AUSTRALIAN POEMS

 

Friday, July 29, 2016 09:27:43 PM 

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                   Advance Australia Fair by Peter Dodds McCormack   

ustralians all let us rejoice,

For we are young and free;
We've golden soil and wealth for toil;
Our home is girth by sea;
Our land abounds in nature's gifts,
Of beauty rich and rare,
In history's page, let every stage,
Advance Australian Fair.
In joyful strains, then let us sing,
Advance Australian Fair.
Beneath our radiant  Southern Cross,
We'll toil with hearts and hands;
To make this Commonwealth ours,
Renowned of all the lands;
For those who've come across the seas,
We've boundless plains to share;
With courage let us all combine
To Advance Australia Fair.
In joyful strains then let us sing,
Advance Australian Fair.

 

 

MY COUNTRY

By Dorothea Mackellar. 

The love of field and coppice,
Of green and shaded lanes,
Of ordered woods and gardens
Is running in your veins.
Strong love of grey-blue distance,
Brown streams and soft, dim skies –
I know, but cannot share it,
My love is otherwise.

I love a sun burnt country,
A land of sweeping plains,
Of ragged mountain ranges,
Of droughts and flooding rains.
I love her far horizons,
I love her jewel-sea,
Her beauty and her terror –
The wide brown land for me!

The stark white ring-barked forests,
All tragic to the moon,
The sapphire-misted mountains,
The hot gold hush of noon,
Green tangle of the brushes
Where lithe lianas coil,
The orchids deck the tree-tops,
And ferns the warm dark soil.

Core of my heart, my country!
Her pitiless blue sky,
When, sick at heart, around us
We see the cattle die –
But then the grey clouds gather
And we can bless again
The drumming of an army,
The steady, soaking rain.

Core of my heart, my country!
Land of the rainbow gold,
For flood and fire and famine
She pays us back threefold.
Over the thirst paddocks,
Watch, after many days,
The filmy veil of greenness
That thickens as we gaze……..

An opal-hearted country,
A wilful, lavish land –
All you who have not loved her,
You will not understand –
Though Earth holds many splendours,
Wherever I may die,
I know to what brown country
My homing thoughts will fly.

I STILL CALL AUSTRALIA HOME!

Peter Allen

I am so proud to be Australian when I hear Qantas version of this an of course Peter Allen singing it. These are Peter's original words.

I've been to cities that never close down,
From New York to Rio and old London town,
But no matter how far or how wide I roam,
I still call Australia home.
Verse:
I'm always trav'lin',
I love being free,
And so I keep leaving the sun and the sea,
But my heart lies waiting - over the foam,
I still call Australia home.
All the sons and daughters spinning 'round the world,
Away from their fam'ly and friends,
But as the world gets older and older and colder,
It's good to know where you, journey ends.
Verse:
But someday we'll all be together once more,
When all of the ships come back to the shore,
I realise something I've always known,
I still call Australia home.
But no matter, how far or how wide I roam,
I still call Australia, I still call Australia,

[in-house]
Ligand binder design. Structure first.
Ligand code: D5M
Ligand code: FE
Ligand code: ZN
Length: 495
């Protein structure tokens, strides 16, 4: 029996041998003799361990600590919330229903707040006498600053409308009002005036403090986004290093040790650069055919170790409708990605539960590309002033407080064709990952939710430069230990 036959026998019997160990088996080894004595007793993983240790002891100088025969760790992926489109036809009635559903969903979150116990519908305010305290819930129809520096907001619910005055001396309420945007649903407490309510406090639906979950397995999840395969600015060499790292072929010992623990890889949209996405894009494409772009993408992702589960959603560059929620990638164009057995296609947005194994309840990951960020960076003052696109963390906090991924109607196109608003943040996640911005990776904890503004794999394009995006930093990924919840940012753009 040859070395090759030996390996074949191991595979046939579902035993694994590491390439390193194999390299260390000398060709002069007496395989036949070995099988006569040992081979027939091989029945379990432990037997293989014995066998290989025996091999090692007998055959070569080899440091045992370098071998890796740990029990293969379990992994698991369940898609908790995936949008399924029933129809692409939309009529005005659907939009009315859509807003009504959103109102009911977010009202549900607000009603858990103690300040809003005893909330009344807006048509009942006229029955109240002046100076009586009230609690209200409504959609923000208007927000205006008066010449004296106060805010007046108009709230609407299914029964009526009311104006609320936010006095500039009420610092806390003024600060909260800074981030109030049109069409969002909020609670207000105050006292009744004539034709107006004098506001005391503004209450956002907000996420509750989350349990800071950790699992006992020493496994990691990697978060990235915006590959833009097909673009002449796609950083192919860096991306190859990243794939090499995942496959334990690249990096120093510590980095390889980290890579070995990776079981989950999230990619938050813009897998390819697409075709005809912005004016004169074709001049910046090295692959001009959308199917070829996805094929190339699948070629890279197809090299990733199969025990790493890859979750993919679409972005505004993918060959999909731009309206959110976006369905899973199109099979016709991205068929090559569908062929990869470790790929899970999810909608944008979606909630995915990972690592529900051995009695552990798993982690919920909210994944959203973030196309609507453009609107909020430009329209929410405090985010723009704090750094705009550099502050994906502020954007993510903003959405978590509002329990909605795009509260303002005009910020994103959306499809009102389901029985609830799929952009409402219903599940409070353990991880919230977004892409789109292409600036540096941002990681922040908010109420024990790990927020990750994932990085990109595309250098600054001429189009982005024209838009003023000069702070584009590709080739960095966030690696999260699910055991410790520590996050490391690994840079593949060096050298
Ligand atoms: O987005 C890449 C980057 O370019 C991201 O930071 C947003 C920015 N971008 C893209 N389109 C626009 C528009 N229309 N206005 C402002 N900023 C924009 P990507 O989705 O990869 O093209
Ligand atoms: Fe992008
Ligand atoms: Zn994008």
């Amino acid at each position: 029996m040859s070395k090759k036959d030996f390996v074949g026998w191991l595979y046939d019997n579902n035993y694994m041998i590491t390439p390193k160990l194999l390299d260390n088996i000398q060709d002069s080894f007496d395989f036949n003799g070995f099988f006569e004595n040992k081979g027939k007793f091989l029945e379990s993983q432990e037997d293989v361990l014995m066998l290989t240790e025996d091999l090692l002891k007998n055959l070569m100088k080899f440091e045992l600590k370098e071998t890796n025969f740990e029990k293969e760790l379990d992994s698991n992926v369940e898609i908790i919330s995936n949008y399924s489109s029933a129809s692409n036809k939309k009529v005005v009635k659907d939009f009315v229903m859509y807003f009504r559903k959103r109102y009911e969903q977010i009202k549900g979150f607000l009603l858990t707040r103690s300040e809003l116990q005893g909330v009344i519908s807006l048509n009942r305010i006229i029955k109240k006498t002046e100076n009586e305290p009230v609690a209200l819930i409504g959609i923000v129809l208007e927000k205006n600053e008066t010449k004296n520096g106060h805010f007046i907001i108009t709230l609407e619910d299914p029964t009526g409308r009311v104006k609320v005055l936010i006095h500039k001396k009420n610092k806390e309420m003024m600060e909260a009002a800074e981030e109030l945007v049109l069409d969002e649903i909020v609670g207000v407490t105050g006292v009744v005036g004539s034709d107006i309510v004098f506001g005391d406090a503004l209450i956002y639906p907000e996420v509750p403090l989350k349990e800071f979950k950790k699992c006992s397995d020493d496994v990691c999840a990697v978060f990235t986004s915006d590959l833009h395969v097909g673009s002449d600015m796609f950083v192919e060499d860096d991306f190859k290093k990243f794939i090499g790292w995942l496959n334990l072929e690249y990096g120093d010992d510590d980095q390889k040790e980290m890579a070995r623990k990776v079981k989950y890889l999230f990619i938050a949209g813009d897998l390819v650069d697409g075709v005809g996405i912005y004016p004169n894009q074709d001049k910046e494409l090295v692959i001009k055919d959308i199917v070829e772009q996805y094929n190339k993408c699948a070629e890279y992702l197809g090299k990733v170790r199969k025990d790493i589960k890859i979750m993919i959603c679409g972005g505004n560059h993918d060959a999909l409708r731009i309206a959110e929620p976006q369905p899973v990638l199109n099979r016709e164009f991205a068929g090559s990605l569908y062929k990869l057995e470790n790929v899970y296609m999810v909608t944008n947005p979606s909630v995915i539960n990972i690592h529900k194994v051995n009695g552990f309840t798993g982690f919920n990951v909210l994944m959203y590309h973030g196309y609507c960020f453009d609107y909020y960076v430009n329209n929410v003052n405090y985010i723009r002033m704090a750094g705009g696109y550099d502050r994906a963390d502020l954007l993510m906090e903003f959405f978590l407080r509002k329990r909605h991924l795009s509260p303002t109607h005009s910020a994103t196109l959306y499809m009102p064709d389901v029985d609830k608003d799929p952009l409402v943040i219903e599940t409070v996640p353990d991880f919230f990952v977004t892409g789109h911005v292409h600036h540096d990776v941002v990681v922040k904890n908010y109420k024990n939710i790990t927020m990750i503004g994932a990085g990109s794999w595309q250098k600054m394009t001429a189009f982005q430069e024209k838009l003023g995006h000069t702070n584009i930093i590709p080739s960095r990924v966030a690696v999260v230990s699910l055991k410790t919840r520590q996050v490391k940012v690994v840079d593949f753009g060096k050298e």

I still call Australia home.

 

GREEN & GOLD MALARIA
by Rupert McCall

The day would soon arrive when I could not ignore the rash.
I was obviously ill and so I called on Doctor Nash.
This standard consultation would adjudicate my fate.
I walked into his surgery and gave it to him straight:
`Doc, I wonder if you might explain this allergy of mine,
I get these pins and needles running up and down my spine.
From there, across my body, I will suddenly extend -
My neck will feel a shiver and the hairs will stand on end.
And then there is the symptom that only a man can fear -
A choking in the throat, and the crying of a tear.'
Well, the Doctor scratched his melon with a rather worried look.
His furrowed brow suggested that the news to come was crook.
`What is it Doc?' I motioned. `Have I got a rare disease?
I'm man enough to cop it sweet, so give it to me, please.'
`I'm not too sure,' he answered, in a puzzled kind of way.
`You've got some kind of fever, but it's hard for me to say.
When is it that you feel this most peculiar condition?'
I thought for just a moment, then I gave him my position:
`I get it when I'm standing in an Anzac Day parade,
And I get it when the anthem of our native land is played,
And I get it when Meninga makes a Kiwi-crunching run,
And when Border grits his teeth to score a really gutsy ton.
I got it back in '91 when Farr-Jones held the Cup,
And I got it when Japan was stormed by Better Loosen Up.
I get it when Banjo takes me down the Snowy River,
And Matilda sends me waltzing with a billy-boiling shiver.
It hit me hard when Sydney was awarded the Games,
And I get it when I see our farmers fighting for their names.
It flattened me when Bertrand raised the boxing kangaroo,
And when Perkins smashed the record, well, the rashes were true blue.
So tell me, Doc,' I questioned. `Am I really gonna die?'
He broke into a smile before he looked me in the eye.
As he fumbled with his stethoscope and pushed it out of reach,
He wiped away a tear and then he gave me this stirring speech:
`From the beaches here in Queensland to the sweeping shores of Broome,
ON the Harbour banks of Sydney where the Waratah's in bloom.
From Uluru at sunset to the Mighty Tasman Sea,
In the Adelaide cathedrals, at the roaring MCG.
From the Great Australian Blight up to the Gulf of Carpentaria,
The medical profession call it "green and gold malaria".
But forget about the text books, son, the truth I shouldn't hide.
The rash that you've contracted here is "good old Aussie pride".
I'm afraid that you were born with it and one thing is for sure -
You'll die with it, young man, because there isn't and cure.'